The camera’s circuitry must have been pretty damaged. The bump from hitting the bottom of the case caused it to take a picture, nearly blinding the guard with its flash. After blinking for a few seconds and regaining his sight, he gingerly reached into the case and took the picture out of the camera’s slot. He shook the photo a bit as it slowly came into focus.
The photo showed him lying on the floor of the museum in a puddle of blood.
He lifted his eyes from the picture and stared into the depths of the museum where the rest of the “dangerous” exhibits lay, suddenly wishing he’d listened to more of what the curator had said.
We were on our way to see someone Todd called the Eyeball Kid. I don’t know how he found these people. While most of us were cowering in fear at the nightmare we’d seen the world become, Todd seemed to thrive on it. It’s like Freak had only confirmed what he already knew about the world, and now he’d thrown himself full-heartedly into the weirdness.
We pulled up to an apartment complex. A pretty shitty one, too. Todd led me to room 27 and knocked on the door, which opened immediately, still on the chain.
“Who is it?” a voice called out.
“It’s me, Todd,” he said, smiling.
The door shut, then reopened, revealing a haggard-looking young woman, early twenties at most. Her sunken, tired eyes told me that she, too, was a Freak user. She glanced at me suspiciously.
“It’s alright,” Todd said. He pulled a bottle of pills out of his pocket and handed them to her.
“He’s in the den,” she said, wearily, stepping back into the shadows to let us pass.
“What was that?” I hissed at Todd. “Did you just give her Freak?”
“No,” he said, “There’s no way she’ll ever take Freak again after what happened to her kid. They’re sleeping pills. She has a hard time sleeping, understandably.”
“What happened to her…” I began, then stopped, gasping. We’d entered the den. Sitting at the table was a young boy, about 6 years old. What shocked me was his eyes. They were too big for his face, bulging out so far his eyelids couldn’t even completely shut around them when he blinked.
“Hey Teddy,” Todd said, pulling a piece of paper and a box of crayons from his pocket. “It’s me, Todd. You remember me, right? Want to draw a picture for me?”
The kid nodded, grasping blindly in the air in front of him until Todd put the crayons and paper into his hands.
“Don’t worry,” Todd said, stepping back and standing next to me, “They’re fake eyes.”
“What happened?” I asked.
“His mom used Freak when she was pregnant. He was born without eyes. Just empty sockets.”
“And you wouldn’t believe how expensive kid-sized glass eyes are,” Todd said, shaking his head, “You have to get ’em custom made.”
“Why are we here, Todd?” I asked.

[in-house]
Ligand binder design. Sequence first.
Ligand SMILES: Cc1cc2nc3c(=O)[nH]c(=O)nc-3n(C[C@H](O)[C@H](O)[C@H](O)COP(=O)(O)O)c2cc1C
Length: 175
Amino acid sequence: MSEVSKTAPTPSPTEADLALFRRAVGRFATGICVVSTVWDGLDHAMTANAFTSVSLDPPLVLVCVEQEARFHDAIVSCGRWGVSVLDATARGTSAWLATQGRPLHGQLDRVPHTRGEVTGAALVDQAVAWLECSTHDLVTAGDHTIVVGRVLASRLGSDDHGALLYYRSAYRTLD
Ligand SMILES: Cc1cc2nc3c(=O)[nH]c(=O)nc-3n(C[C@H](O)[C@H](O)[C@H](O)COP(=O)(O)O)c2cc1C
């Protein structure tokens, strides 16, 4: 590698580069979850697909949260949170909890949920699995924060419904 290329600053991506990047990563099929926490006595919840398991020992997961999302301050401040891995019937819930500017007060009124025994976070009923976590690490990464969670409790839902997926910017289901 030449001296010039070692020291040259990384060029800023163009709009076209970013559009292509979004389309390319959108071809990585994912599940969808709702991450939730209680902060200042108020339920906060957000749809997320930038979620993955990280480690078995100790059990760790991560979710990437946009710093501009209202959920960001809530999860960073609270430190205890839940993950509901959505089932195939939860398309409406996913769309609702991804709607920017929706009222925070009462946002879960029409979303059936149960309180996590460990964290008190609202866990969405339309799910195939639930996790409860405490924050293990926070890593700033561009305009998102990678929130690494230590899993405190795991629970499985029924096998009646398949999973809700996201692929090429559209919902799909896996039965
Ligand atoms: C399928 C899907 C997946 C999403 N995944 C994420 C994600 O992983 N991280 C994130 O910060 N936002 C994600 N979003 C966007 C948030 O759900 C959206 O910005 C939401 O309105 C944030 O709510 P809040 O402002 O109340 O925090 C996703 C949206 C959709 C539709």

“Turns out Freak’s got some literary sensibilities,” he grinned bitterly. “It took the kid’s eyes, but he can see the future. And if you bring him a piece of paper and some crayons he’ll draw it for you.”
“Todd,” I said, “If he was born without eyes, how does he know what a nod means?”
“I try not to think about it,” he said.
By now, the kid had finished drawing. He waved the paper in the air to get our attention. Todd stepped forward to take it.
“Thanks, Teddy,” he said. “You can keep the crayons.”
The kid smiled at him, showing a full mouth of very sharp teeth.
Todd stepped back and glanced at the picture. I craned my neck to see, but he held it away from me.
“Come on,” he said, “What if I’m having sex in it or something?”
It would have had to have been some really messed up sex, though, because as he looked over the picture, all the color drained from Todd’s face. Wordlessly, he passed it to me, and I could immediately see why.
“Yuri!” screamed Zed the Collector, “You son of a devil! I know you stole my brand new Elvis stamp last night!”
Whenever anything in town went missing, everyone blamed Yuri the Unvisible Man, even though as far as anyone could remember, he’d never actually ever been found guilty of stealing anything (in fact, half the time the “stolen” item was actually just lost and the owner usually found it a few days later).
“What a shame,” said Eugene the Thief (who accounted for the other half of the missing objects), shaking his head, “He truly is a menace.”
Yuri, fearing yet another attempted lynching, immediately took off his clothes and ran, bringing Zed’s chase to a halt. Zed spat on the unvisible man’s clothes and cursed.
“A man like that is nothing but trouble,” Zed said, “And not just because he’s a thief — no offense meant to your self, sir.”
Everyone in the village knew that Eugene was a thief, but nobody could ever prove it. And everyone liked him too much to try.
“Not just because he’s a thief,” Zed continued, “But also because I have a daughter. I’m worried what sort of mischief an unvisible man can get up to with the women in town!”
His daughter, Yulia, smiled to herself as she walked home from school with the other girls, because she knew first hand just what sort of mischief Yuri did get up to with the women in town, or at least one woman in particular.
“It’s unholy,” agreed the thief, “A man no one can see has too much to hide.” Secretly, he was just jealous of Yuri’s transparency and thought that he could put it to much better use.
Yulia made her way through the forest to the river bank where she knew Yuri went to sulk whenever he was blamed for a crime. She knew that he was there because of the twin indentations in the ground marking the resting place of the unvisible man’s buttocks.
“What can I do?” Yuri moaned, “I’ll never be accepted, wherever I go! Nobody trusts an unvisible man. Your father will never let us marry!”
“You need to show them that having an unvisible man in the village is a good thing,” Yulia said, “You need to do something good that no visible man could ever do.”
“I’ve got it!” Yuri shouted, snapping his fingers (or so Yulia assumed, he could have been cracking his neck for all she knew). “I’ll finally catch Eugene in the act! That way, I’ll clear my name and also help the village at the same time!”
“That’s wonderful!” Yulia exclaimed, leaning over to try and kiss him, but falling flat on her face because she was three feet too far to the left.
So, for the next few nights, Yuri sat on the roof of his house watching for Eugene. It was difficult work. The nights in this part of the country could be bitterly cold, and of course he had to sit through the whole night entirely naked. Some nights, Yulia would sneak out and bring him warm borscht, which made it slightly more bearable.